A WDM light source must both have a narrow spectral emission and be spectrally stable. Diffraction gratings, either in the light source itself or in the associated optical fiber, are what traditionally provide this control. Researchers at Stanford University (Palo Alto, CA), have devised a narrowband WDM light source that does not rely on gratings, and in the process have eliminated the necessity of butt-coupling the light source to a fiber (see figure).
Simple in concept, the device is nothing more than a coupling of two waveguides-one an optical fiber, the other a semiconductor anti-resonant reflective optical waveguide (ARROW). The ARROW contains a light-emitting AlAs/AlGaAs slab core sandwiched between two distributed Bragg reflector mirrors, one of them only partially reflective but bounded by air, producing complete reflection.
The fiber is epoxied into a curved groove in a glass substrate and one side polished to within a few microns of its core. The two waveguides have very different dispersion characteristics, producing phase-matching at only specific wavelengths. When the fiber is contacted with the ARROW using index-matching fluid, its emission is coupled into the fiber at two discrete wavelengths corresponding to transverse electric (TE) and transverse magnetic (TM) resonances.
The 0.819-nm TE resonance has a narrower linewidth than the 0.837-nm TM resonance. When the researchers increased the injection current, they determined that although the TE spectrum shifted to longer wavelengths, the TM spectrum did not. Thus, for TM-polarized light, the device is truly wavelength stabilized. There was no linewidth narrowing with increasing input current.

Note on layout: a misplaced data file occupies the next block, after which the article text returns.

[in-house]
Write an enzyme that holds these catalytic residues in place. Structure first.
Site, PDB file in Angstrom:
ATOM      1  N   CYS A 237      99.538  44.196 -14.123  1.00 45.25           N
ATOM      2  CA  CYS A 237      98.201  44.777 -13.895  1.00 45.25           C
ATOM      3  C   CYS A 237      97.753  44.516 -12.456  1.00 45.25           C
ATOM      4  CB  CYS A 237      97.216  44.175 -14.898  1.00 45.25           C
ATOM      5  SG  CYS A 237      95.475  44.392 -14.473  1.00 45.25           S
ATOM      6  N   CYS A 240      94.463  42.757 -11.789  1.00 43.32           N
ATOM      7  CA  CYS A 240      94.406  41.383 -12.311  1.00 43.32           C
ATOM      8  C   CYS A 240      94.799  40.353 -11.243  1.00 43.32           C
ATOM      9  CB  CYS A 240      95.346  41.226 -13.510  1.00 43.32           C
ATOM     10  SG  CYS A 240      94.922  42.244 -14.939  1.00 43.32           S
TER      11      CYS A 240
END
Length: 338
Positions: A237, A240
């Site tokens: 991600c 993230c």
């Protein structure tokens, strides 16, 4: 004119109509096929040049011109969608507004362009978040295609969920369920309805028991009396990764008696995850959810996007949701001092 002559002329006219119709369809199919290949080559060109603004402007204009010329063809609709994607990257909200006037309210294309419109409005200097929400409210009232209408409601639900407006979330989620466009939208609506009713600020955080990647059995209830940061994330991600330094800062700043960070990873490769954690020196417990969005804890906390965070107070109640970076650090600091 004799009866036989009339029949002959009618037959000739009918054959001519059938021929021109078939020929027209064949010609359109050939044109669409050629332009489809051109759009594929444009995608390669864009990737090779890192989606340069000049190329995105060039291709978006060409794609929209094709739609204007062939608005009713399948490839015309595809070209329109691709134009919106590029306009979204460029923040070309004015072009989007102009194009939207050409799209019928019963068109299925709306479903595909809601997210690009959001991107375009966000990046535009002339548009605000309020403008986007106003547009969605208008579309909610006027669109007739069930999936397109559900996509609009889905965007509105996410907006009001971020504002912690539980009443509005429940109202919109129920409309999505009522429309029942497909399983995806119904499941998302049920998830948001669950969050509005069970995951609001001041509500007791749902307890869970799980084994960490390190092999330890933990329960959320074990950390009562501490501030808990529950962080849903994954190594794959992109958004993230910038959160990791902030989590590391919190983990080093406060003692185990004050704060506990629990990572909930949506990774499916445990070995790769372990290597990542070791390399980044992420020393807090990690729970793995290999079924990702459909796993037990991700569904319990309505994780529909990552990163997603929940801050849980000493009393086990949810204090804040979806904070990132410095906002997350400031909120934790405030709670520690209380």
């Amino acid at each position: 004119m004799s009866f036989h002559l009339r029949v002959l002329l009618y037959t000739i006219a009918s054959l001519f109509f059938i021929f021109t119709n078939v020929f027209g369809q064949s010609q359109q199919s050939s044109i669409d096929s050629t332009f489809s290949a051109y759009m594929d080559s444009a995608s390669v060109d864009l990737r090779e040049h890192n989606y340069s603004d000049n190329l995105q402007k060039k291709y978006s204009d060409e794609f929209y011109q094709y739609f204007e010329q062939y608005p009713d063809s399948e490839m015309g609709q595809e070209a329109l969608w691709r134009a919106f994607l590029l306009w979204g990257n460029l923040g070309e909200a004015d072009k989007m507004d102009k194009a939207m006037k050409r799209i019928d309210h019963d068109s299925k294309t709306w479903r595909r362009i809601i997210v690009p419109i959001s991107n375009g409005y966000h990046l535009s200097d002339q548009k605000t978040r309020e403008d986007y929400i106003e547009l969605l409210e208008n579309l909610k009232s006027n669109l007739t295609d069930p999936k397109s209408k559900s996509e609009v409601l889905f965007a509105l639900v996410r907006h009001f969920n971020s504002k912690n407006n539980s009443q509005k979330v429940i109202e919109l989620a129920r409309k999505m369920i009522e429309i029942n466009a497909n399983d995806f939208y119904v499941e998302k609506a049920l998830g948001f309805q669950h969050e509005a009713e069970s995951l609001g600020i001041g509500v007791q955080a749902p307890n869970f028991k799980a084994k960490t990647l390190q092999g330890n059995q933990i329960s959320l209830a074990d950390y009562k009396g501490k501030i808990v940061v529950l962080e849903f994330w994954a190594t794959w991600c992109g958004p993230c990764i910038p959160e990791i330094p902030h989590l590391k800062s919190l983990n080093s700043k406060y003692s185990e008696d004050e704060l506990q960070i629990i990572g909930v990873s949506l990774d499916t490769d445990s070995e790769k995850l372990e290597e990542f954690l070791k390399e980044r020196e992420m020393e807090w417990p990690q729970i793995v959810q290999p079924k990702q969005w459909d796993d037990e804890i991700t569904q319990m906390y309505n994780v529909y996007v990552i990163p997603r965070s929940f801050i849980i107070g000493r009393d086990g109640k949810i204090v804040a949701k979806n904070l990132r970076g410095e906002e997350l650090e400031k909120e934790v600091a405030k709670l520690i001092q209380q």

The light output of the device at an injection current of 100 mA was 7 nW, for an efficiency of as low as 3 × 10-8. The ARROW has no lateral optical confinement, which means that many emitted photons take lateral paths that preclude coupling into the fiber. By producing a one-dimensional waveguide using lithographic techniques, all photons would be emitted collinear with the fiber, greatly boosting efficiency, say the researchers. Introducing optical feedback with the help of fiber Bragg gratings could result in a directly fiber-coupled wavelength-stabilized semiconductor laser. Useful as a WDM source, such a device could also be made into a fiber amplifier pump. Contact Erji Mao at email@example.com.
A side-polished optical fiber is brought into contact with a semiconductor anti-resonant reflective optical waveguide to produce a fiber-coupled narrowband light emitter.